FLOTATION fever returned to the London market yesterday as the AA outlined plans for a listing in the second half of June that will value the motor breakdown giant at some £1.4 billion.
The business, owned by Acromas Holdings, the private equity-backed group behind the recent sale of shares in over-50s holidays company Saga, will pass to a group of blue-chip “cornerstone” institutional investors. They include Aviva, Blackrock, Henderson Global, Invesco and Legal & General Investment Management.
It came as video gaming retailer Game returned to the stock market yesterday just two years after it collapsed into administration – the latest float valuing the business at £340 million with the shares priced at 200p.
The flotation rebound came after turbulence surrounding public listings in recent weeks led some to question whether the new issues market had peaked.
Saga’s shares have performed poorly since their market debut, as have those in greetings card retailer Card Factory, while fashion group Fat Face pulled its listing plans a day before Saga’s debut.
The AA, founded in 1905, said the new main institutional investors it and its advisors have lined up had committed to buy £930m of the 554 million new and existing shares being issued at 250p per share.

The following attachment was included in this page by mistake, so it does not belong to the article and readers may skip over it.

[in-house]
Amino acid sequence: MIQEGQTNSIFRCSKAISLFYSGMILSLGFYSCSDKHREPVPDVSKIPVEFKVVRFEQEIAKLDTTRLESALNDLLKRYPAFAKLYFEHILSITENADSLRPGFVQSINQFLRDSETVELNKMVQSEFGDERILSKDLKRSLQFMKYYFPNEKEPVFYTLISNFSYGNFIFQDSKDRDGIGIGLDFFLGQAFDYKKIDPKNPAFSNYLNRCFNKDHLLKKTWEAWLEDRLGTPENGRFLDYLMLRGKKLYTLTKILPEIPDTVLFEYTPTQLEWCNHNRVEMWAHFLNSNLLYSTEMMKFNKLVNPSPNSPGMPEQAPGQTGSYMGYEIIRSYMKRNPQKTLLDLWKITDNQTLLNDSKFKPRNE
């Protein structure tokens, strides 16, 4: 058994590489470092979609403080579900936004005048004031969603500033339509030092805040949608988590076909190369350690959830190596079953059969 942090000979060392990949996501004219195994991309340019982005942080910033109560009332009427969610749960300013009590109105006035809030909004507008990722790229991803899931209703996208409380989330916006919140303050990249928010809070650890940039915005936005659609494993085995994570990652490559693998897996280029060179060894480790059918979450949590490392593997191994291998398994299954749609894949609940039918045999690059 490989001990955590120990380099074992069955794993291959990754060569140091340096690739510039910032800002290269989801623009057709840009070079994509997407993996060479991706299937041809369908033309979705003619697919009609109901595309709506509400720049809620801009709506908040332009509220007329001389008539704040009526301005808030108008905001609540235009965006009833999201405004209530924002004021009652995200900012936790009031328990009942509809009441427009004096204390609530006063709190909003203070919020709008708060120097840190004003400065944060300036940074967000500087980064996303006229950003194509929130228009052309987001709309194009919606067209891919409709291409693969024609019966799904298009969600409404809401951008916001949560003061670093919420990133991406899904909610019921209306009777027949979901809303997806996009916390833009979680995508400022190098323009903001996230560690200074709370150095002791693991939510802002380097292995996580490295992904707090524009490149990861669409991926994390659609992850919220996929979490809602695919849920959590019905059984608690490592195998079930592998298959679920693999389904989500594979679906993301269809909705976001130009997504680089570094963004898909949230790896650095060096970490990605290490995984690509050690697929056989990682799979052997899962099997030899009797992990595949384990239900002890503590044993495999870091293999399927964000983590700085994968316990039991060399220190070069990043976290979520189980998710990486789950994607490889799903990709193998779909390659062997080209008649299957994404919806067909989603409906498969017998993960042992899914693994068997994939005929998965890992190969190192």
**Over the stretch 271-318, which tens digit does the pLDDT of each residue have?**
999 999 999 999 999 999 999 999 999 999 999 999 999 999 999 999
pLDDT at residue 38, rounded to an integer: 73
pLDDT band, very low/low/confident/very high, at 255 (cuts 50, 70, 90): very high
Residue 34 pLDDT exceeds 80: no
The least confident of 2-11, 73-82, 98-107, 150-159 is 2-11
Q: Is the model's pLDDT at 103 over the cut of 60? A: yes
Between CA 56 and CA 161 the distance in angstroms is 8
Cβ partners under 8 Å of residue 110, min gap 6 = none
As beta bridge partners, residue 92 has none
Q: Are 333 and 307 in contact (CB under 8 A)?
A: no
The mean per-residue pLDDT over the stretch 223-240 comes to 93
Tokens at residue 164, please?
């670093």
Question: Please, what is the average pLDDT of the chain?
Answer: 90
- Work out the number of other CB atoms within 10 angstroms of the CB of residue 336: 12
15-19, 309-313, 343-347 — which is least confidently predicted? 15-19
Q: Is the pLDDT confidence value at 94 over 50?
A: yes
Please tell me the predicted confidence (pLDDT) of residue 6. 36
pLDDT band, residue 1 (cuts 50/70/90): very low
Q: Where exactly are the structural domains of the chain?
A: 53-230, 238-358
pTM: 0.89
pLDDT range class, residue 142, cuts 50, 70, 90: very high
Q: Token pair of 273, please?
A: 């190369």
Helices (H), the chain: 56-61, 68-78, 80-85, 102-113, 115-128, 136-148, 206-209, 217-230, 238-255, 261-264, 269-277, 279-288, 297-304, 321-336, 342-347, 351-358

The float is structured as a management buy-in, with Bob Mackenzie, the former boss of car insurer Green Flag, set to become the AA’s new executive chairman.
Acromas, which is owned by private equity firms Charterhouse and Permira, said it had originally planned to retain a 31 per cent holding in the AA following the flotation.
“However, given the interest shown to date, Acromas has agreed to make its remaining stake available to new investors at the same valuation,” the company said. There is no retail component to the offer. Trading in shares in AA, Britain’s biggest roadside recovery firm, with four million members and a 40 per cent market share, is expected to start later this month.
The share sale follows an approach to Acromas by a management buy-in team led by Mackenzie, who has extensive experience in the sector, including his chairmanship of Northgate, the vehicle fleet management business.
He was also chairman and chief executive of National Car Parks, which owned Green Flag, and will work at the AA alongside current chief executive, Chris Jansen, and Andy Boland, the existing chief financial officer.
Andrew Goodsell, chairman of Acromas, said the AA continued to develop the business through the downturn, including the new “home services” operation. He said the business was “poised for great things as an independent public company”.
Mackenzie said there were “significant opportunities to grow the business, a sentiment shared by the high quality cornerstone investors”.
Game, now known as Game Digital, has seen a 35 per cent stake in the company sold, allowing existing shareholders to raise £101m and the business proceeds of £20m. Hedge fund Elliott Advisors, which owned more than 90 per cent of Game after a rescue deal led by private equity firm OpCapita, is retaining a significant stake.